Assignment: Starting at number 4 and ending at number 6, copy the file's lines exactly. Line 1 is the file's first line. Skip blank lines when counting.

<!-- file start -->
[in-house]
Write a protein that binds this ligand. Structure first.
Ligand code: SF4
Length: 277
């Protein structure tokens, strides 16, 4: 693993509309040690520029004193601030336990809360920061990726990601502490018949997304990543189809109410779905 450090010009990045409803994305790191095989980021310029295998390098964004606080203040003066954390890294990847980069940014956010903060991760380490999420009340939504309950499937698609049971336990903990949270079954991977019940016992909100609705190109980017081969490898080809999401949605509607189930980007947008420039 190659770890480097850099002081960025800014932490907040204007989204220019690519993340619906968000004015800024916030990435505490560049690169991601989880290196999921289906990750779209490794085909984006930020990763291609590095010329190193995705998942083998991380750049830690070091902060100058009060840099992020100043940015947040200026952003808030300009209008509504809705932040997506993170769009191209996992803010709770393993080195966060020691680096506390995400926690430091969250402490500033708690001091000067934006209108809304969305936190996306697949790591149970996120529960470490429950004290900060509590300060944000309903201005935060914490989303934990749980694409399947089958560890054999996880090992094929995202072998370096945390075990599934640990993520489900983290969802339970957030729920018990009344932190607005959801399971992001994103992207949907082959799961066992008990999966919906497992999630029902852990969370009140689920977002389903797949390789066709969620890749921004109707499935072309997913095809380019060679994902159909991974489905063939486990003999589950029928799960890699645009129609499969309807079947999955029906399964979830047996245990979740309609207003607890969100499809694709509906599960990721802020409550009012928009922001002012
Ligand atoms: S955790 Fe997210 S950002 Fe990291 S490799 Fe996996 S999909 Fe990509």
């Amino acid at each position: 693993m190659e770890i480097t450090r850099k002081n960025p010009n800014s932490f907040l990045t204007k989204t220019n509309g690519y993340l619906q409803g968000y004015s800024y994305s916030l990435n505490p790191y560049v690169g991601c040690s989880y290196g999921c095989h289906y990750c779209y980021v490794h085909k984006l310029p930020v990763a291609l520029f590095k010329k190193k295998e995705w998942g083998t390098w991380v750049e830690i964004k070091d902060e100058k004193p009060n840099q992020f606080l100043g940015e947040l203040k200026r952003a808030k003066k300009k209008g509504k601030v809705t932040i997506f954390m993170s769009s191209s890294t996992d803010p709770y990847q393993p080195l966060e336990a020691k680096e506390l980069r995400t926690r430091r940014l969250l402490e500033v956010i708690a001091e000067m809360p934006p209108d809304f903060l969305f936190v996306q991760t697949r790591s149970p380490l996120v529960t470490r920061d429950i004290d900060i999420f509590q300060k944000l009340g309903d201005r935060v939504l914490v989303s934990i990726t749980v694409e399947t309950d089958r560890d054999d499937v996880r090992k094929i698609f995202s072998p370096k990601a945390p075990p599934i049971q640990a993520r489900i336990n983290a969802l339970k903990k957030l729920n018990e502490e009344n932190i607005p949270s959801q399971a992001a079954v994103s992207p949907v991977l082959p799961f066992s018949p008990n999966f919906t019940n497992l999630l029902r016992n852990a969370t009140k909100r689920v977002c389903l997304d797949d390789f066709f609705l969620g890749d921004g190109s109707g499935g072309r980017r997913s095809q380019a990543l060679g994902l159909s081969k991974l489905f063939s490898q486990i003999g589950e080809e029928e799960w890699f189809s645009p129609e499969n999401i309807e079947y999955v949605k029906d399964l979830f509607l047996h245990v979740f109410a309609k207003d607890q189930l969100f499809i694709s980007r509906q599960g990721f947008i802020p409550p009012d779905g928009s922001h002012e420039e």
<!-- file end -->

Length: 277
């Protein structure tokens, strides 16, 4: 693993509309040690520029004193601030336990809360920061990726990601502490018949997304990543189809109410779905 450090010009990045409803994305790191095989980021310029295998390098964004606080203040003066954390890294990847980069940014956010903060991760380490999420009340939504309950499937698609049971336990903990949270079954991977019940016992909100609705190109980017081969490898080809999401949605509607189930980007947008420039 190659770890480097850099002081960025800014932490907040204007989204220019690519993340619906968000004015800024916030990435505490560049690169991601989880290196999921289906990750779209490794085909984006930020990763291609590095010329190193995705998942083998991380750049830690070091902060100058009060840099992020100043940015947040200026952003808030300009209008509504809705932040997506993170769009191209996992803010709770393993080195966060020691680096506390995400926690430091969250402490500033708690001091000067934006209108809304969305936190996306697949790591149970996120529960470490429950004290900060509590300060944000309903201005935060914490989303934990749980694409399947089958560890054999996880090992094929995202072998370096945390075990599934640990993520489900983290969802339970957030729920018990009344932190607005959801399971992001994103992207949907082959799961066992008990999966919906497992999630029902852990969370009140689920977002389903797949390789066709969620890749921004109707499935072309997913095809380019060679994902159909991974489905063939486990003999589950029928799960890699645009129609499969309807079947999955029906399964979830047996245990979740309609207003607890969100499809694709509906599960990721802020409550009012928009922001002012
Ligand atoms: S955790 Fe997210 S950002 Fe990291 S490799 Fe996996 S999909 Fe990509």